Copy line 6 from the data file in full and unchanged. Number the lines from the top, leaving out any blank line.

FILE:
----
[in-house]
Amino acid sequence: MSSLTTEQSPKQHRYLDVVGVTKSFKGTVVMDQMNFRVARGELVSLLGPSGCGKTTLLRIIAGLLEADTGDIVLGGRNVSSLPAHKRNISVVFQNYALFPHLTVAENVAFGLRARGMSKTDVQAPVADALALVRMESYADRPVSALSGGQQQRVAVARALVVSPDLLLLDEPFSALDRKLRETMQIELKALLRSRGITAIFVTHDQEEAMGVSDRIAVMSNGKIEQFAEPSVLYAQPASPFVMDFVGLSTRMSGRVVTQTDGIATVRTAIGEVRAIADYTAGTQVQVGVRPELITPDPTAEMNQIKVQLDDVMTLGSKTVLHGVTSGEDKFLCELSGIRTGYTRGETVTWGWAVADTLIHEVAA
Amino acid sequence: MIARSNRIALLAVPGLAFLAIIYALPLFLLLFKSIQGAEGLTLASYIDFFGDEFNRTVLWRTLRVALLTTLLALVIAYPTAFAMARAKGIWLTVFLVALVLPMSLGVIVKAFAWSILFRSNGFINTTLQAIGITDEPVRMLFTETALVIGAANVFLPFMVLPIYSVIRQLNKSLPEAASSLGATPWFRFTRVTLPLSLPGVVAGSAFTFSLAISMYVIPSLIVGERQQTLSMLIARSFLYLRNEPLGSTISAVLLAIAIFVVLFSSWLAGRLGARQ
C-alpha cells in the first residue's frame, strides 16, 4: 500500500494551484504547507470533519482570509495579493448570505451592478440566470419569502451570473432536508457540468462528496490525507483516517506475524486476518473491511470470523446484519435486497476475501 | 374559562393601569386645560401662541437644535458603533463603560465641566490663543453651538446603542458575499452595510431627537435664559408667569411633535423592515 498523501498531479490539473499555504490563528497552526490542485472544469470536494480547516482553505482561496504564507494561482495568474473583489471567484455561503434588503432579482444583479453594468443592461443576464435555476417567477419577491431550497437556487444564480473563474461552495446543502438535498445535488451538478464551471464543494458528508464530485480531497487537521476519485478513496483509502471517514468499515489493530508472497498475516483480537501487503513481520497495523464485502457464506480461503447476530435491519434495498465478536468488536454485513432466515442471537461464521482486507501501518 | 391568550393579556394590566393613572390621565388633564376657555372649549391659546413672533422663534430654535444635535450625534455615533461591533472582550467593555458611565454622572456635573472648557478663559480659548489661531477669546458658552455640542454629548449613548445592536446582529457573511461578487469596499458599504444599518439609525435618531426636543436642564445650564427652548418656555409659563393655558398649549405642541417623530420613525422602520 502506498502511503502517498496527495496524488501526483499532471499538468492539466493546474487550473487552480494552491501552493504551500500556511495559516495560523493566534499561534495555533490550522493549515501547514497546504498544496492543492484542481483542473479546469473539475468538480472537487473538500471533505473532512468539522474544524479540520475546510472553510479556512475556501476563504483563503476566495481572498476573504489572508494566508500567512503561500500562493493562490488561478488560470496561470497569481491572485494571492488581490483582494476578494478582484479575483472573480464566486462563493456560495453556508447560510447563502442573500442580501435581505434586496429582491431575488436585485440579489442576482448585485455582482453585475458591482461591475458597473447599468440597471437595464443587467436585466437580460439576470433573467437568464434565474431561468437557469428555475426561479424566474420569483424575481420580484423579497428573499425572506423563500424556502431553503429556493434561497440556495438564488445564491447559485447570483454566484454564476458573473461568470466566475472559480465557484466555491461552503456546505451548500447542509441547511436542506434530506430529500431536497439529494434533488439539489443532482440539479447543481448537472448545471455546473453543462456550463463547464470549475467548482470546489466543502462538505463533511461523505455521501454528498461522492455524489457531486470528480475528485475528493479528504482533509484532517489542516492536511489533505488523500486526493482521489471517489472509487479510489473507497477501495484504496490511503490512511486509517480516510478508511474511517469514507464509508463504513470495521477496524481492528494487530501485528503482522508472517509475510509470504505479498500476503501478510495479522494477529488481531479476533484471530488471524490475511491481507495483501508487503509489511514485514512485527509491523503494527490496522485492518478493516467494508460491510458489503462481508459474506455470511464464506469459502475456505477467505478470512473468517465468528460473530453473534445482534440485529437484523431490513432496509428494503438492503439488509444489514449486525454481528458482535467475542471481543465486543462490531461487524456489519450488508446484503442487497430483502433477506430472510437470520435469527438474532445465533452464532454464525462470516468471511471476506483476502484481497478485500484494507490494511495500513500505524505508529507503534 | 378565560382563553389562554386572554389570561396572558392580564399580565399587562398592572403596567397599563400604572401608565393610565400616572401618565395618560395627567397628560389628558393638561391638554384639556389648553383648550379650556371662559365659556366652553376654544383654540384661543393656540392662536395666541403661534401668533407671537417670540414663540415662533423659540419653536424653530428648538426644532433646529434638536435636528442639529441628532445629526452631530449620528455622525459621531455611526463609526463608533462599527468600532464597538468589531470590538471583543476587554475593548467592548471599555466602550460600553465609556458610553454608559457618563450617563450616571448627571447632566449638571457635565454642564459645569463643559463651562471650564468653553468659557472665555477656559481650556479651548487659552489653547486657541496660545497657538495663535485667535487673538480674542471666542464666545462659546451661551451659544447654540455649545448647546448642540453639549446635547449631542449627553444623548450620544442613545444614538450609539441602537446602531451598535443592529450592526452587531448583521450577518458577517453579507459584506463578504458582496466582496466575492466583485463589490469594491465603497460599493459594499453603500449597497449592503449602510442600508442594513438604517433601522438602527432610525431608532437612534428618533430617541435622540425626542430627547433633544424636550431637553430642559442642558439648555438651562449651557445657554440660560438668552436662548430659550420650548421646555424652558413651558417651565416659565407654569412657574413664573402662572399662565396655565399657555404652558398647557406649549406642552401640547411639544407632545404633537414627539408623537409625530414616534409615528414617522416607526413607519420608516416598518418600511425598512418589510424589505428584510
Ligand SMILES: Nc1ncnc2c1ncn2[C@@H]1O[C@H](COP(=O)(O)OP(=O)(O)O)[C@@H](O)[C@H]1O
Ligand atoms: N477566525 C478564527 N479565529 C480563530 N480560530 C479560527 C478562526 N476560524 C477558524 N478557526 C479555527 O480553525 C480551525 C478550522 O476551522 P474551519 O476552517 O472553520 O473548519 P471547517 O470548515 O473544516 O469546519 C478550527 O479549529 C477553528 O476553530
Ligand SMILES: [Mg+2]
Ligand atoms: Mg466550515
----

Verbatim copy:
Ligand atoms: N477566525 C478564527 N479565529 C480563530 N480560530 C479560527 C478562526 N476560524 C477558524 N478557526 C479555527 O480553525 C480551525 C478550522 O476551522 P474551519 O476552517 O472553520 O473548519 P471547517 O470548515 O473544516 O469546519 C478550527 O479549529 C477553528 O476553530